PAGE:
67 per cent respondents believe online fantasy sports platforms classify under ‘gambling’ category: Report  

The tug of war whether online fantasy sports should be categorised under the gaming or gambling category continues. While the courts in India have ruled majorly in favour of fantasy sports platforms and skill gaming, six states in India – Assam, Odisha, Telangana, Nagaland, Sikkim and Andhra Pradesh – have banned fantasy sports. Betting and gambling fall under the State legislature. The Andhra Pradesh Government passed an ordinance to amend the Andhra Pradesh Gaming Act listing skill gaming as gambling and imposing stringent punishment which includes six months of imprisonment and 24 months of jail for repeat conviction to those charged with gambling. As per local circles survey report, 67 per cent respondents believe online fantasy sports platforms are classified as ‘gambling’. The survey received more than 50,000 responses from 21,000+ unique citizens located in 309 districts of India. 47 per cent respondents were from Tier 1 districts, 29 per cent from Tier 2 districts and 24 per cent were located in Tier 3, 4 and rural districts of India and 69 per cent respondents were men while 31 per cent were women for the report.

Here are the key findings

  • 12 per cent of citizens in India are either playing online fantasy sports or have someone in the family playing it but majority citizens classify it as gambling and not skill gaming.
  • To that, six per cent respondents said “Yes, multiple members” in their family play online fantasy sport, and another six per cent said “Yes, only me”. There were 86 per cent of citizens who said “No”, while three per cent couldn’t say.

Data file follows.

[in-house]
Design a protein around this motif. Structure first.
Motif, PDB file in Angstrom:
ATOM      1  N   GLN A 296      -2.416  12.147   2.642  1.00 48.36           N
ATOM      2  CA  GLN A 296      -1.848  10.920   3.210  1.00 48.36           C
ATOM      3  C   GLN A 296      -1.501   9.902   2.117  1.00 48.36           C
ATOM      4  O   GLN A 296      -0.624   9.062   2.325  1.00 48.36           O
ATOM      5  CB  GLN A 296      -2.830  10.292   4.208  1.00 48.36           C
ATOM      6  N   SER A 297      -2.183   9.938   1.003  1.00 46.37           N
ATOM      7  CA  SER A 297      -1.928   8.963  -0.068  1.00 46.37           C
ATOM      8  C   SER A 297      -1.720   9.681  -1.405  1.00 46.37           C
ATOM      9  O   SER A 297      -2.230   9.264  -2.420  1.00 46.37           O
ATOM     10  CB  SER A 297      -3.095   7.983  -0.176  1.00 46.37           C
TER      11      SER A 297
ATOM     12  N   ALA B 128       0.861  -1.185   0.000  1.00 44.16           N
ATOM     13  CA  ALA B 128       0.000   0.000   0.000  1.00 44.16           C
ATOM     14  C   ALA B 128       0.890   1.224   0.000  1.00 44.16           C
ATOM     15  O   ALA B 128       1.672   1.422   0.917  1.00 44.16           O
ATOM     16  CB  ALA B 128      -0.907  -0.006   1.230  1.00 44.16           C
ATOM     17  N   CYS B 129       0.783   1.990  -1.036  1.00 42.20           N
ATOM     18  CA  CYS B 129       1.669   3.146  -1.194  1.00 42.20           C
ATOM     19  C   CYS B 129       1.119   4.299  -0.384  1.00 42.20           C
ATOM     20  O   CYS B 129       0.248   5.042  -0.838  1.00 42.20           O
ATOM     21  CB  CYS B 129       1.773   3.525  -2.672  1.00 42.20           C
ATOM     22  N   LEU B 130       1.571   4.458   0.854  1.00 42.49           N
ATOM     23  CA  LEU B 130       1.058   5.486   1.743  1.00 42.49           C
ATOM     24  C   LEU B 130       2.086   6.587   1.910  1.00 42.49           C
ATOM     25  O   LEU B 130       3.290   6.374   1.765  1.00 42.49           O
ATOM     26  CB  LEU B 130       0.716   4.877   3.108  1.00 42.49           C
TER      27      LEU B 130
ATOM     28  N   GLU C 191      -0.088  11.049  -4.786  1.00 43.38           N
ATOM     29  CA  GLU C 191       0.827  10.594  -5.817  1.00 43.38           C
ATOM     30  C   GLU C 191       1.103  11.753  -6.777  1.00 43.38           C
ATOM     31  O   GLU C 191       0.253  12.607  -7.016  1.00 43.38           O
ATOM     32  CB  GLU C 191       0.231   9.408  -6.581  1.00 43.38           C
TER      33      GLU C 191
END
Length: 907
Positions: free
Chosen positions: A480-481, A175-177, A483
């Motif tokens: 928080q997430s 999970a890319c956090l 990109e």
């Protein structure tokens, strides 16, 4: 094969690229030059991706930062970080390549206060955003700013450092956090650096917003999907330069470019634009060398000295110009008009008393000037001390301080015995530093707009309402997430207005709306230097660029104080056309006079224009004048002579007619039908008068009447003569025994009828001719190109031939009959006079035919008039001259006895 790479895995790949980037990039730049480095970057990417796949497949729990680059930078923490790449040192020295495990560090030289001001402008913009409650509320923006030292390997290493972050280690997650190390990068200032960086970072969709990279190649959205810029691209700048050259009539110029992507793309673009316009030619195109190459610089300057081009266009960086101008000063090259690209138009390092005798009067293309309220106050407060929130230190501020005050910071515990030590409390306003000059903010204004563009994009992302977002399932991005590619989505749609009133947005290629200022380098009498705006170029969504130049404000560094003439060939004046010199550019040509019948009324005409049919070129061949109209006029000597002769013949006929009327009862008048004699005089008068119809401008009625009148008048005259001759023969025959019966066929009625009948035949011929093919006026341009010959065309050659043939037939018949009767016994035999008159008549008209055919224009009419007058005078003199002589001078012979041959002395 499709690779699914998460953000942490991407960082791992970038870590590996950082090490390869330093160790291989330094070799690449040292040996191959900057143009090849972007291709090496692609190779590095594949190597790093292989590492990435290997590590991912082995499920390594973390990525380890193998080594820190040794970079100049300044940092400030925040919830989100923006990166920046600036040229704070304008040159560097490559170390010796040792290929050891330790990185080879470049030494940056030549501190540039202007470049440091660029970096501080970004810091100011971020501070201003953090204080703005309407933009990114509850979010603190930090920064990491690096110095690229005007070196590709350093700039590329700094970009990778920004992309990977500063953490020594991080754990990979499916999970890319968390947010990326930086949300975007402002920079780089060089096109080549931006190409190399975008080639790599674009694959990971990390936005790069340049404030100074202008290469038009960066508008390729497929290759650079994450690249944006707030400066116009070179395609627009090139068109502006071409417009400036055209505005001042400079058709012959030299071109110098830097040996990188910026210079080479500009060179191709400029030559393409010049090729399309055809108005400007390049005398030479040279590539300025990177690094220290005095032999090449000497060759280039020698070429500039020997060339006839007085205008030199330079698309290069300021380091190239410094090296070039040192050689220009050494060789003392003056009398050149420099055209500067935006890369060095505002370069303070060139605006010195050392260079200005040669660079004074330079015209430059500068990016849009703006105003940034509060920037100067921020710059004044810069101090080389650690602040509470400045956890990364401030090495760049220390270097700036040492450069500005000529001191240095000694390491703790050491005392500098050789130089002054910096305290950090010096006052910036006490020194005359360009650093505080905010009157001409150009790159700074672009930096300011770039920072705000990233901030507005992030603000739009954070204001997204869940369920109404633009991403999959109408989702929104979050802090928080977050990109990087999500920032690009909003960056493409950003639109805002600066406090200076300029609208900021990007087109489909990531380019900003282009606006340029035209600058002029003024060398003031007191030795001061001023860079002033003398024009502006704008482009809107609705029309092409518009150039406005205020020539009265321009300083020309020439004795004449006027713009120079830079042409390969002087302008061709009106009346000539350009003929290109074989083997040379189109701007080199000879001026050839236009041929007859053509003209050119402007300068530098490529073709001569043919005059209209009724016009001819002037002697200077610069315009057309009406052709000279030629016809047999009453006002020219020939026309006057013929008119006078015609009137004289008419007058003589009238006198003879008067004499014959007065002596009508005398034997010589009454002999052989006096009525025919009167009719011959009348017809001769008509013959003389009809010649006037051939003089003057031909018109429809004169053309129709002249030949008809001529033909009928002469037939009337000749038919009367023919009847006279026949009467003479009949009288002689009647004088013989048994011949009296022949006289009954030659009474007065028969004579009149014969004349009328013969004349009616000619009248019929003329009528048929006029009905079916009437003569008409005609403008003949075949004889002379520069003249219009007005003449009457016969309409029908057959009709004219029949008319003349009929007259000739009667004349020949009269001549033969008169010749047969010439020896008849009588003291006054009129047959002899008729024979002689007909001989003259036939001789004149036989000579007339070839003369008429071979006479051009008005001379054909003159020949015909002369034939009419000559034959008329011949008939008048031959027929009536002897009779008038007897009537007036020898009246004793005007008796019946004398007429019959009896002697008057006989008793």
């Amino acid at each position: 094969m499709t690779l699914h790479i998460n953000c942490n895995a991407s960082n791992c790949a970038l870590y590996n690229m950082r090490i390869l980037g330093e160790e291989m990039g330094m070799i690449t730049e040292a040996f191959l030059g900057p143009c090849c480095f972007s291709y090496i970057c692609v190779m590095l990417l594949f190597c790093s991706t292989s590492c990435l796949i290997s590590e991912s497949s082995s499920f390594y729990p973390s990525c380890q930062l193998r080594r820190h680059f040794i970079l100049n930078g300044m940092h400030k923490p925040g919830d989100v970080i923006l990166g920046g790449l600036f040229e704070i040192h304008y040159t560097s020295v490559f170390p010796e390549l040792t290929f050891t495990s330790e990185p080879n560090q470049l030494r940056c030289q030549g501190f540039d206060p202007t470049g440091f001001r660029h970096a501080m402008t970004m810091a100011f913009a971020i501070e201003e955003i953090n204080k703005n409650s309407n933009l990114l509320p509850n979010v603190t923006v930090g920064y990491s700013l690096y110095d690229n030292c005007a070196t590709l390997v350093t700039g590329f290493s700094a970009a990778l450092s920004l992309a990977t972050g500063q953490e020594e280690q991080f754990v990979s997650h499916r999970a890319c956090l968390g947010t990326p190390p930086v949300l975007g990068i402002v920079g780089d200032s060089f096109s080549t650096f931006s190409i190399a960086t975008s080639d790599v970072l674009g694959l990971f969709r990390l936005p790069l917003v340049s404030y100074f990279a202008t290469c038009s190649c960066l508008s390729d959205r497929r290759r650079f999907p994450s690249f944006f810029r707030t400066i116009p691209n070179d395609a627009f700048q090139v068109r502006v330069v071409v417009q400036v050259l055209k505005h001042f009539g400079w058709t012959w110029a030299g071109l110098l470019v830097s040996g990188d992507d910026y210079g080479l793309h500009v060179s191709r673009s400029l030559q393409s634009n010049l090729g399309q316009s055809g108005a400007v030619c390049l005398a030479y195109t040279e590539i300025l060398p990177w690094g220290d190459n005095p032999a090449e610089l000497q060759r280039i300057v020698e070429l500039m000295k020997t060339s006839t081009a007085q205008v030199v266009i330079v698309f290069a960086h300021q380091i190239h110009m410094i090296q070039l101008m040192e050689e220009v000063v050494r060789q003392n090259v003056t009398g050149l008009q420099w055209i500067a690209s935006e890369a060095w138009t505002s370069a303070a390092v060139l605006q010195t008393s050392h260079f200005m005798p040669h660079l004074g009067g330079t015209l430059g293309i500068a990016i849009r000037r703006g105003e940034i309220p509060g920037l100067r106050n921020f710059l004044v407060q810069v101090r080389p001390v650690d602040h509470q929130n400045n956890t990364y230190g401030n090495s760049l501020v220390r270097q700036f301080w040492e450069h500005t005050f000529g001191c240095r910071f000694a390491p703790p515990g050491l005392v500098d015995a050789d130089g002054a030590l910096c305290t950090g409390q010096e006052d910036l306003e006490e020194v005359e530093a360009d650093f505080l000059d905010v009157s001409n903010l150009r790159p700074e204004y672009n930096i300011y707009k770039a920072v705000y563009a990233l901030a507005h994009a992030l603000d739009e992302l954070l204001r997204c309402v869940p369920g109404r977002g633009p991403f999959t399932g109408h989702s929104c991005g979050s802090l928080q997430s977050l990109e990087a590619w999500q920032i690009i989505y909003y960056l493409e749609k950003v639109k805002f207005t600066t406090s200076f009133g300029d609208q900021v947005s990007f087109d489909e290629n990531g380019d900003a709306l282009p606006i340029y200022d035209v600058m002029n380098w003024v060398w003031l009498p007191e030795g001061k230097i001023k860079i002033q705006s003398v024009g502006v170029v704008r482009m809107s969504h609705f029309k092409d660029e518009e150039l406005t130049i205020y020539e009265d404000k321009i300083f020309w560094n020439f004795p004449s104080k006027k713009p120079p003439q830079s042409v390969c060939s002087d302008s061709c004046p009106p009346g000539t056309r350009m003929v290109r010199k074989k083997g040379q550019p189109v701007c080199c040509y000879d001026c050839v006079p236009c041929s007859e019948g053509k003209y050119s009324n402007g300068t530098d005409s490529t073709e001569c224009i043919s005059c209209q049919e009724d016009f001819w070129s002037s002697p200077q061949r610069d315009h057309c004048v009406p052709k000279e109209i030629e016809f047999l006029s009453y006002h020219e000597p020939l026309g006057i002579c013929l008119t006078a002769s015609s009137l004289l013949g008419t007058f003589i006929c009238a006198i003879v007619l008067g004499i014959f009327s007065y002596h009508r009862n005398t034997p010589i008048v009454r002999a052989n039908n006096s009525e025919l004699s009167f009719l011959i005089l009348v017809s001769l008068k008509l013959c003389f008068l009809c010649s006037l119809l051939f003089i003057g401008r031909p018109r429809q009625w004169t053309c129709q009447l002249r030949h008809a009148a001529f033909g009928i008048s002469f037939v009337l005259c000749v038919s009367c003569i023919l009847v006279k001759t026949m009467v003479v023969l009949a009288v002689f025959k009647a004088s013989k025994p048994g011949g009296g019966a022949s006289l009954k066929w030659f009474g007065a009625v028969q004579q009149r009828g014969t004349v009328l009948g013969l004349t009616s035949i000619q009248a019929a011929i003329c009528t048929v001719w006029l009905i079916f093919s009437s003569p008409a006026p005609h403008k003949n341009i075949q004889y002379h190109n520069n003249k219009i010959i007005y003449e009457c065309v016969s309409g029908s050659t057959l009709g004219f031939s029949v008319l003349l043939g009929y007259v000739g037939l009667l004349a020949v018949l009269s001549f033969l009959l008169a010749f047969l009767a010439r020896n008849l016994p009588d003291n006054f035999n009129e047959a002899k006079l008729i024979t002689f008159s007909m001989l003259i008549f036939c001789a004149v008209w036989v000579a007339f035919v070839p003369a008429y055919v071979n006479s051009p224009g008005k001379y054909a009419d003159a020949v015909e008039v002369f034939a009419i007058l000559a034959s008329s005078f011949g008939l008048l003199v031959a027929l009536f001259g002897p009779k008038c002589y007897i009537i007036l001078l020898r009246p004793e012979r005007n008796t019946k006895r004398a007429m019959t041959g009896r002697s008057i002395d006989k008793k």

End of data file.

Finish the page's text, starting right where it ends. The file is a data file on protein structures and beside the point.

• 12 per cent citizens believe Online Fantasy sports qualifies as skill gaming while 67 per cent classify it as gambling.
  •  Only five per cent said online fantasy sports platforms advertise in television, print and digital media “should be permitted as is”, 25 per cent said “should be permitted only with appropriate warnings, both visible and audible”, and six per cent said “only surrogate or indirect advertising should be permitted like liquor, tobacco, etc”. Breaking down the poll, the majority of 54 per cent of citizens said that it “should not be permitted to show advertisements at all”, while 10 per cent said “can’t say”. The aggregate findings of the poll suggest that only 36 per cent of citizens want online fantasy gaming platforms should be permitted to advertise, and most of those want appropriate visible and audible warnings in place. The question in the survey received 8,182 responses.
  • The majority of 57 per cent of citizens surveyed in the poll said “Yes” that online fantasy sports platforms are required to also talk about the risk of loss in these advertisements. There were only two per cent of citizens who said “No”, while another two per cent said “can’t say”.
  • Citizens want Online Fantasy Sports advertising to be made more responsibly. 20 per cent said “celebrities should be barred from advertising for such platforms”, 17 per cent said “platforms should not be permitted to show advertisement,” 57 per cent want celebrities to also talk about the risk of loss in ads.
  • 68 per cent citizens want the Government to create guidelines or code of regulation for Online Fantasy Sports Platforms. On the administration front, 49 per cent support self .
  • 63 per cent citizens are not in favour of the Government giving legal recognition and protection to Online Fantasy Sports Platforms, while 28 per cent citizens support giving.

       As per the survey, most citizens surveyed are currently of the opinion that Online Fantasy Sports Platforms classify as ‘gambling’. This is evident as 67 per cent respondents in the survey called it gambling while only 12 per cent of citizens in the survey believe such games qualify as skill gaming .

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